At that same time, the first reporters were able to access the scene of the accident, guided by the police. The journalists were met with grisly scenes. The flames that burned several wagons after the collision were still alive. Thick smoke surrounded four carriages of the passenger train. The first carriage was not even recognizable; the second was totally destroyed; the third was bent like a boomerang, and the fourth was heavily damaged. The mayor of Tempe, Giorgos Manoli, has assured that temperatures of 1,200 to 1,500 degrees Celsius have been recorded in the first three carriages. For several hours, rescuers searched with flashlights for survivors trapped in the carriages. As of 8:00 a.m., the firefighters only loaded bodies in black bags.
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Railway unions and workers in the sector have pointed out the lack of resources as a possible reason for the accident. The president of the machinists’ union, Kostas Genidounias, blamed the lack of maintenance and the absence of automatic prevention systems. “Nothing works. Neither the turn signals, nor the traffic lights, nor the traffic control. If they did, drivers would see red lights and stop on time. We have had enough of saying it,” he said indignantly. For these reasons, drivers depend almost entirely on the information they receive from the heads of the relevant stations, Geridunias stressed.
For its part, the STASY Workers Union (commuter train and subway) said in a statement: “Today we mourn our fellow citizens who died in the train accident in Tempe because some people ignored the workers’ warnings. When the workers spoke of the lack of personnel, of the obsolescence of the facilities and infrastructures, of the insufficient maintenance of the rolling stock, of the deficiencies throughout the entire network, the rulers responded with indifference”.
Greece sold rail operator Trainose (Hellenic Train) to Italy’s Ferrovie dello Stato Italiane in 2017 as part of its international bailout program. According to the Italian company’s website, it is the main provider of passenger and cargo rail transport in Greece and operates daily passenger and commercial routes.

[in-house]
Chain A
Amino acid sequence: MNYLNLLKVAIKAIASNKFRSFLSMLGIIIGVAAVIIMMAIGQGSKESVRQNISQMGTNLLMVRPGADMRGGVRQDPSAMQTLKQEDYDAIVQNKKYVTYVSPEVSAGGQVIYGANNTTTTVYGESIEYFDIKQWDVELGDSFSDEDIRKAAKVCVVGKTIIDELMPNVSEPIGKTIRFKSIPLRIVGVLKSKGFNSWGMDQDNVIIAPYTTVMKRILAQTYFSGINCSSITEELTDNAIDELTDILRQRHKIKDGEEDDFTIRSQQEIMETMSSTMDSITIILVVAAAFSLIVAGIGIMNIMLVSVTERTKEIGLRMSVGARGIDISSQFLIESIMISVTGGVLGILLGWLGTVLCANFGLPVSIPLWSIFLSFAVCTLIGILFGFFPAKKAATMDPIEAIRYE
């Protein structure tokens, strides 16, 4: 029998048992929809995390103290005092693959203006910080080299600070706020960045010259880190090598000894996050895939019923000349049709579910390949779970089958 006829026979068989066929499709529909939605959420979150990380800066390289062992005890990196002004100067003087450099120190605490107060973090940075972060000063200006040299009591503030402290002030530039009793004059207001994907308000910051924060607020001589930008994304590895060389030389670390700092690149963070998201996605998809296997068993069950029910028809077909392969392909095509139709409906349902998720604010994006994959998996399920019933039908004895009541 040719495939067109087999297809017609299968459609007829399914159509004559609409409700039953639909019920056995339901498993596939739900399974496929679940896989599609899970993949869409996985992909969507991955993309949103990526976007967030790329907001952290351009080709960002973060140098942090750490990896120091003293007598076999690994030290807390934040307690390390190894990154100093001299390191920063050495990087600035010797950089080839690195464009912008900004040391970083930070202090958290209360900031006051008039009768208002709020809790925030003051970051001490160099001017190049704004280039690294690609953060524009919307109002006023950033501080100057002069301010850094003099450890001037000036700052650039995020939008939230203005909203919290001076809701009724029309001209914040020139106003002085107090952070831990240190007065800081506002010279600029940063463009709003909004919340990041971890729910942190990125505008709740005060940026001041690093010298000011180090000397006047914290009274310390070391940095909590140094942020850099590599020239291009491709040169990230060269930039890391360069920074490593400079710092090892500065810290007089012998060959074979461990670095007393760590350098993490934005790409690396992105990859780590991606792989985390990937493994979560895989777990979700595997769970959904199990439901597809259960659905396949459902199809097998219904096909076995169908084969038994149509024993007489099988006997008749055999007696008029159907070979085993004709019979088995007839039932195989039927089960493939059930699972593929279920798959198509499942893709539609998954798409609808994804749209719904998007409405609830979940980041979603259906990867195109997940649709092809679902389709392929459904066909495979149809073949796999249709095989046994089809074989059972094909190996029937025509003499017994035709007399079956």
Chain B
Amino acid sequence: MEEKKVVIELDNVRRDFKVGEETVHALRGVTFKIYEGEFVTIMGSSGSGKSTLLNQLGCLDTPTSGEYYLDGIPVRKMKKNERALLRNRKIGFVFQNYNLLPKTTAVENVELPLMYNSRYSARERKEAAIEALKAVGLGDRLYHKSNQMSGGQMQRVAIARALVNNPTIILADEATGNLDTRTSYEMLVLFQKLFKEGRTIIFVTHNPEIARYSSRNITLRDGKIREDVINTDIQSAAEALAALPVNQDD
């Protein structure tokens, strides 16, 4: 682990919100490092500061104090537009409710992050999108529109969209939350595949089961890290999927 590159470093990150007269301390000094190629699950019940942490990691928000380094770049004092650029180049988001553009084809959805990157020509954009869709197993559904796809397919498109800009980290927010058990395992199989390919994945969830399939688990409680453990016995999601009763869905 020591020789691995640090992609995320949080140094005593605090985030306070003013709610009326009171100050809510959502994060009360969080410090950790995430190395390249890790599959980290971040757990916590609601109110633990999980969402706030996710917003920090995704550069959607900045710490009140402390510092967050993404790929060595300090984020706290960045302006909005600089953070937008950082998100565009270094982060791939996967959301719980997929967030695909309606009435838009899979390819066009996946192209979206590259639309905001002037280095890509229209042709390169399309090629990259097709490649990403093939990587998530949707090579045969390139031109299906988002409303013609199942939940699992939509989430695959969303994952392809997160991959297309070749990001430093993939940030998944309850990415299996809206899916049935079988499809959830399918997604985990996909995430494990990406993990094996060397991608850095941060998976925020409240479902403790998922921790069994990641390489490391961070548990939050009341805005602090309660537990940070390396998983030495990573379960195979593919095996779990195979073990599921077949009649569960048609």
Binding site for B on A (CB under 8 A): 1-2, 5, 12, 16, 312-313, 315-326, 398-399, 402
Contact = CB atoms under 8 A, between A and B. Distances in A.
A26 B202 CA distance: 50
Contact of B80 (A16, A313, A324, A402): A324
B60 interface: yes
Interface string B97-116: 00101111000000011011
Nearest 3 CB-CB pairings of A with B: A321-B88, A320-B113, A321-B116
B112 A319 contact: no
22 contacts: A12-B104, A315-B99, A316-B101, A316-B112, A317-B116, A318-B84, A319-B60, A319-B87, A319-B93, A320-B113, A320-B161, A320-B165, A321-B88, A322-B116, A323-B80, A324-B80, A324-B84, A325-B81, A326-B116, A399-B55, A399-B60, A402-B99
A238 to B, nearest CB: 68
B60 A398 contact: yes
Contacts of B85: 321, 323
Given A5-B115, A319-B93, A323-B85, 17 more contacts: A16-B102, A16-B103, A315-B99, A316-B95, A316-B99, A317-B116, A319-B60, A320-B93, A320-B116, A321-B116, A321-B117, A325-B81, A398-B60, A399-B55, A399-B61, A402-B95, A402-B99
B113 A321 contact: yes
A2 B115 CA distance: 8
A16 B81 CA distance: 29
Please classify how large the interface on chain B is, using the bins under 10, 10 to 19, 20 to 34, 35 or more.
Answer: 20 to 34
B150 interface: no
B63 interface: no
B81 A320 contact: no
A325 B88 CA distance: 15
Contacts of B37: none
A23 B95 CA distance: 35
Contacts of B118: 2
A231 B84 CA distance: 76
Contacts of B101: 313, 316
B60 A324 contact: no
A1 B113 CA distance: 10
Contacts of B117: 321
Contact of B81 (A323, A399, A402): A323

A reporter sent to the scene of the accident spoke on a station of “apocalyptic” scenes. Due to the severity of the collision, debris from the two trains have been thrown a great distance. SKAI station It has shown images of badly damaged railcars with broken windows and thick plumes of smoke, as well as debris strewn across the road.
After the impact of the two convoys, a fire broke out in several of the wagons. “We heard a big Bang, (it was) 10 seconds of nightmare”, explained to the Reuters agency Stergios Minenis, a 28-year-old passenger who jumped to safety from the rubble. “We were spinning around in the wagon until we fell on one side… Then there was panic, cables (everywhere), fire, the fire was immediate, as we turned around, they burned us, the fire was left and right” .
Among the injured are several minors. According to the local press, everything indicates that the trains —both operated by Hellenic Train— were going at high speed at the time of impact, so the respective drivers and other crew members died on the spot. Some 250 people who survived the crash and were unharmed or slightly injured were taken by bus to Thessaloniki, located 130 kilometers north of the crash site.